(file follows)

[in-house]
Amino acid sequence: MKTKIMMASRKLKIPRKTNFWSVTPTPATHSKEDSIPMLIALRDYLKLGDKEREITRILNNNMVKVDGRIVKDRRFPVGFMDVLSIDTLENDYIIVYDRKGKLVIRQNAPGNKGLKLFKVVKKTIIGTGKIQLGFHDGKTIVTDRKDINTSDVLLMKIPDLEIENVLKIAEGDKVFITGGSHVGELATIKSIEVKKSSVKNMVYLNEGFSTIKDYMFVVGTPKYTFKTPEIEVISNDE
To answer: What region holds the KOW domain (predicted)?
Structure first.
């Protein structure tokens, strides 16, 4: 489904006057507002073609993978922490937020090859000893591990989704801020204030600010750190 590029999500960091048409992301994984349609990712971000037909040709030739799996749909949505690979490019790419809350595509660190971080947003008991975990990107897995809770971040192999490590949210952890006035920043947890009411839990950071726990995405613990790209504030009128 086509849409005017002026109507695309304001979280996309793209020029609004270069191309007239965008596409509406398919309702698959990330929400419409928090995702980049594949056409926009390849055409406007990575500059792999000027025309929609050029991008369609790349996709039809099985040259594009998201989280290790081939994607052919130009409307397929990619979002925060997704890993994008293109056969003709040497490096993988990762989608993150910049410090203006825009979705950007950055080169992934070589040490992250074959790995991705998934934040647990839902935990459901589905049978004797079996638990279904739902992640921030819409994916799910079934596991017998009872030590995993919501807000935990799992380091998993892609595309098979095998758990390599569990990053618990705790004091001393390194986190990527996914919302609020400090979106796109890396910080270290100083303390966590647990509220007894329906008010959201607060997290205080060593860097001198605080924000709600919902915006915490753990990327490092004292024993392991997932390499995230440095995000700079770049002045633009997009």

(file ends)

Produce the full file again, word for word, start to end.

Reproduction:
[in-house]
Amino acid sequence: MKTKIMMASRKLKIPRKTNFWSVTPTPATHSKEDSIPMLIALRDYLKLGDKEREITRILNNNMVKVDGRIVKDRRFPVGFMDVLSIDTLENDYIIVYDRKGKLVIRQNAPGNKGLKLFKVVKKTIIGTGKIQLGFHDGKTIVTDRKDINTSDVLLMKIPDLEIENVLKIAEGDKVFITGGSHVGELATIKSIEVKKSSVKNMVYLNEGFSTIKDYMFVVGTPKYTFKTPEIEVISNDE
To answer: What region holds the KOW domain (predicted)?
Structure first.
């Protein structure tokens, strides 16, 4: 489904006057507002073609993978922490937020090859000893591990989704801020204030600010750190 590029999500960091048409992301994984349609990712971000037909040709030739799996749909949505690979490019790419809350595509660190971080947003008991975990990107897995809770971040192999490590949210952890006035920043947890009411839990950071726990995405613990790209504030009128 086509849409005017002026109507695309304001979280996309793209020029609004270069191309007239965008596409509406398919309702698959990330929400419409928090995702980049594949056409926009390849055409406007990575500059792999000027025309929609050029991008369609790349996709039809099985040259594009998201989280290790081939994607052919130009409307397929990619979002925060997704890993994008293109056969003709040497490096993988990762989608993150910049410090203006825009979705950007950055080169992934070589040490992250074959790995991705998934934040647990839902935990459901589905049978004797079996638990279904739902992640921030819409994916799910079934596991017998009872030590995993919501807000935990799992380091998993892609595309098979095998758990390599569990990053618990705790004091001393390194986190990527996914919302609020400090979106796109890396910080270290100083303390966590647990509220007894329906008010959201607060997290205080060593860097001198605080924000709600919902915006915490753990990327490092004292024993392991997932390499995230440095995000700079770049002045633009997009």